Method Introduction

How to Use Reverse Osmosis in Practice:

In practice, reverse osmosis is applied as a cross-flow filtration process. The simplified process is shown below:



With a high pressure pump, feed water is continuously pumped at elevated pressure to the membrane system. Within the membrane system, the feed water will be split into a low-saline and/or purified product, called permeate, and a high saline or concentrated brine, called concentrate or reject. A flow regulating valve, called a concentrate valve, controls the percentage of feed-water that is going to the concentrate stream and the permeate which will be obtained from the feed.


 The key terms used in the reverse osmosis / nanofiltration process are defined as follows.


Recovery - the percentage of membrane system feed-water that emerges from the system as product water or “permeate”. Membrane system design is based on expected feed-water quality and recovery is defined through initial adjustment of valves on the concentrate stream. Recovery is often fixed at the highest level that maximizes permeate flow while preventing precipitation of super-saturated salts within the membrane system.


Rejection - the percentage of solute concentration removed from system feed-water by the membrane. In reverse osmosis, a high rejection of total dissolved solids (TDS) is important, while in nanofiltration the solutes of interest are specific, e.g. low rejection for hardness and high rejection for organic matter.


Passage - the opposite of “rejection”, passage is the percentage of dissolved constituents (contaminants) in the feed-water allowed to pass through the membrane.


Permeate - the purified product water produced by a membrane system.


Flow - Feed flow is the rate of feed-water introduced to the membrane element or membrane system, usually measured in gallons per minute (gpm) or cubic meters per hour (m3/h). Concentrate flow is the rate of flow of non-permeated feed-water that exits the membrane element or membrane system. This concentrate contains most of the dissolved constituents originally carried into the element or into the system from the feed source. It is usually measured in gallons per minute (gpm) or cubic meters per hour (m3/h).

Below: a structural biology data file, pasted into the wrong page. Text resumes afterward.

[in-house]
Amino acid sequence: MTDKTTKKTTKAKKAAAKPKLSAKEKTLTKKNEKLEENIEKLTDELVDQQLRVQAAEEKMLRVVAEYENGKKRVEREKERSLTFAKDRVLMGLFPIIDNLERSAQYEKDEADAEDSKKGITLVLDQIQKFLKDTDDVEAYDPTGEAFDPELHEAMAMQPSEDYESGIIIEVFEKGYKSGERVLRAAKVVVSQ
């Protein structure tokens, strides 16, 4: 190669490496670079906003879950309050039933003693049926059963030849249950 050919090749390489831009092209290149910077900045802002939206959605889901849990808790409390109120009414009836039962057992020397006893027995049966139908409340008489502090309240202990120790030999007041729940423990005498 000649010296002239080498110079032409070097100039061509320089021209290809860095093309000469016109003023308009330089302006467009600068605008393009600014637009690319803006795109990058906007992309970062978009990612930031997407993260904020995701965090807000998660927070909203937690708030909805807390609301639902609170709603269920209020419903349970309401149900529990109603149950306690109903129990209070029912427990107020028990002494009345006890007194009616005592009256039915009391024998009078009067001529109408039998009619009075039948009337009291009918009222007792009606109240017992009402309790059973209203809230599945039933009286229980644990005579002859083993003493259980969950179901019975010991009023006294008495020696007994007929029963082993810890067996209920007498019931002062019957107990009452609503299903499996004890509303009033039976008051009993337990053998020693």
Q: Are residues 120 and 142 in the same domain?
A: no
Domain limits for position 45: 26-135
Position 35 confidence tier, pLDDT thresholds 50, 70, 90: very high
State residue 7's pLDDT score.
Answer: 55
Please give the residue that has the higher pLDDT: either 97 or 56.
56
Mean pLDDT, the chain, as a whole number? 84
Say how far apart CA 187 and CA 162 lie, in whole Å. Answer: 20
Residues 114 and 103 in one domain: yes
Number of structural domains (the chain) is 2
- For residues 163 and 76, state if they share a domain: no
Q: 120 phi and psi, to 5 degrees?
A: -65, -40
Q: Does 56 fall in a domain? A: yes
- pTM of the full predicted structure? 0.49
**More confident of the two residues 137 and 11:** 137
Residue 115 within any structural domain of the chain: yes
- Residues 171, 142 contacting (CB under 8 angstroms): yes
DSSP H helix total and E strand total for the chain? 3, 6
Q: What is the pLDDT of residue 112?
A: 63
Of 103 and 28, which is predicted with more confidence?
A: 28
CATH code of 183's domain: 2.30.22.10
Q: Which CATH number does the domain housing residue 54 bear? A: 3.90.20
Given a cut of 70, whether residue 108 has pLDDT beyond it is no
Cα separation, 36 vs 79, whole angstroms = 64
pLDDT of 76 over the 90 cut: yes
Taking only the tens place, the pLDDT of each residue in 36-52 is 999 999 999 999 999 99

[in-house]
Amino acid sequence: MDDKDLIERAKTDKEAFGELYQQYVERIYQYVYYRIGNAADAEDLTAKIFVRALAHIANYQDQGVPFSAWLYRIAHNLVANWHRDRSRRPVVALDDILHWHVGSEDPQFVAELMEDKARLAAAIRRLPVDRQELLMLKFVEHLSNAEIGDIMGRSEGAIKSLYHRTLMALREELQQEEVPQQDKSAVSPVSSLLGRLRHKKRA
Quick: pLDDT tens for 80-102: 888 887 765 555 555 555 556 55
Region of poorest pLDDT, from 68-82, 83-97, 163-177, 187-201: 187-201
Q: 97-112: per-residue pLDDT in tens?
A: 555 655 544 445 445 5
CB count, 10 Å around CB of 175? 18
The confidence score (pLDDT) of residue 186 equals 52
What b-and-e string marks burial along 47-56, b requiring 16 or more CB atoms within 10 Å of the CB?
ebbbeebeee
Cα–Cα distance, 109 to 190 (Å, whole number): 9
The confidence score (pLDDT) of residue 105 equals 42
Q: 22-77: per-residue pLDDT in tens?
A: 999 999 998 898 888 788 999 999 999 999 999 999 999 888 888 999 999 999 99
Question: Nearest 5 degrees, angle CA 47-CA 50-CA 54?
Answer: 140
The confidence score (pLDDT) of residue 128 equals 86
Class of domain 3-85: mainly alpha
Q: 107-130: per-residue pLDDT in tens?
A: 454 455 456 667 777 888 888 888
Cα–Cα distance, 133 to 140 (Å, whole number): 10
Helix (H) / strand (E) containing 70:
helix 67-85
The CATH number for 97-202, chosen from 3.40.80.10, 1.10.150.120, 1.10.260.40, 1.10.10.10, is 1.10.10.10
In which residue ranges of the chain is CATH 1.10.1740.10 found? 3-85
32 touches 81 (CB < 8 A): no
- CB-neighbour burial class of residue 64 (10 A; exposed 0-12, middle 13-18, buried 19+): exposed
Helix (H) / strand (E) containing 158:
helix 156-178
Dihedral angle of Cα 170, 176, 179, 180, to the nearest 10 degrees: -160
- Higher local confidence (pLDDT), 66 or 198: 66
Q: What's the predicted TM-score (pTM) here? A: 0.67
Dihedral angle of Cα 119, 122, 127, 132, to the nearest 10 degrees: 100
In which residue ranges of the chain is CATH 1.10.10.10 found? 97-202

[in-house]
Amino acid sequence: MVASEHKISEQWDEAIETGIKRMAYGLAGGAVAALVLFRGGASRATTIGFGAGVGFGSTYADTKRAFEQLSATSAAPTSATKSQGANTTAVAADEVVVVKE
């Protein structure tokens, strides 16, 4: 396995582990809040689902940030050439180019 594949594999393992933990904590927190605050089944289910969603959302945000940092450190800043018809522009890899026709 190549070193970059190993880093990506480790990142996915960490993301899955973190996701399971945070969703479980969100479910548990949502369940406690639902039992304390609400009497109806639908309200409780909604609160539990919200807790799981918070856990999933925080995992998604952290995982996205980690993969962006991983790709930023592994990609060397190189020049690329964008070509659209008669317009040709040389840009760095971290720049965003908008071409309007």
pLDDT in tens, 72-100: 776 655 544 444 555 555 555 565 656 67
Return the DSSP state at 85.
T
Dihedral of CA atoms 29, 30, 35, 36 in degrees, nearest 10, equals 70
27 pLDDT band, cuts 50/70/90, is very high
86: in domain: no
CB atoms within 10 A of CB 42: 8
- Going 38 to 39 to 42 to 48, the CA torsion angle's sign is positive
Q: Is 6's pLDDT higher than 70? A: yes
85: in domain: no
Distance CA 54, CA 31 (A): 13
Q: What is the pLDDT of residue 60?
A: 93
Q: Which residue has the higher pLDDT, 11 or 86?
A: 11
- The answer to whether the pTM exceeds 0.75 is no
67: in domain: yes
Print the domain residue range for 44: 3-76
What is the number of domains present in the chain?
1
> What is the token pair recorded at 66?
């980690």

Flux - the rate of permeate transported per unit of membrane area, usually measured in gallons per square foot per day (gfd) or liters per square meter and hour (l/m2h).


Factors Affecting Reverse Osmosis Performance:

Permeate flux and salt rejection are the key performance parameters of a reverse osmosis or a nanofiltration process. Under specific reference conditions, flux and rejection are intrinsic properties of membrane performance. The flux and rejection of a membrane system are mainly influenced by variable parameters including:

  • Pressure
  •  temperature
  •  recovery
  •  feed water salt concentration


The following graphs show the impact of each of those parameters when the other three parameters are kept constant. In practice, there is normally an overlap of two or more effects. Figure 1.6, Figure 1.7, Figure 1.8 and Figure 1.9 are qualitative examples of reverse osmosis performance. The functions can be understood with the Solution-Diffusion-Model, which is explained in more detail in Section 3.11.2. In nanofiltration, the salt rejection is less depending on the operating conditions.


Not to be neglected are several main factors which cannot be seen directly in membrane performance. These are maintenance and operation of the plant as well as proper pretreatment design. Consideration of these three ‘parameters’, which have very strong impact on the performance of a reverse osmosis system, is a must for each OEM (original equipment manufacturer) and end user of such a system.



With increasing effective feed pressure, the permeate TDS will decrease while the permeate flux will increase as shown in Figure 1.6.



If the temperature increases and all other parameters are kept constant, the permeate flux and the salt passage will increase (see Figure 1.7).



Recovery is the ratio of permeate flow to feed flow. In the case of increasing recovery, the permeate flux will decrease and stop if the salt concentration reaches a value where the osmotic pressure of the concentrate is as high as the applied feed pressure. The salt rejection will drop with increasing recovery (see Figure 1.8).


Feed water Salt Concentration

 Figure 1.9 shows the impact of the feed water salt concentration on the permeate flux and the salt rejection.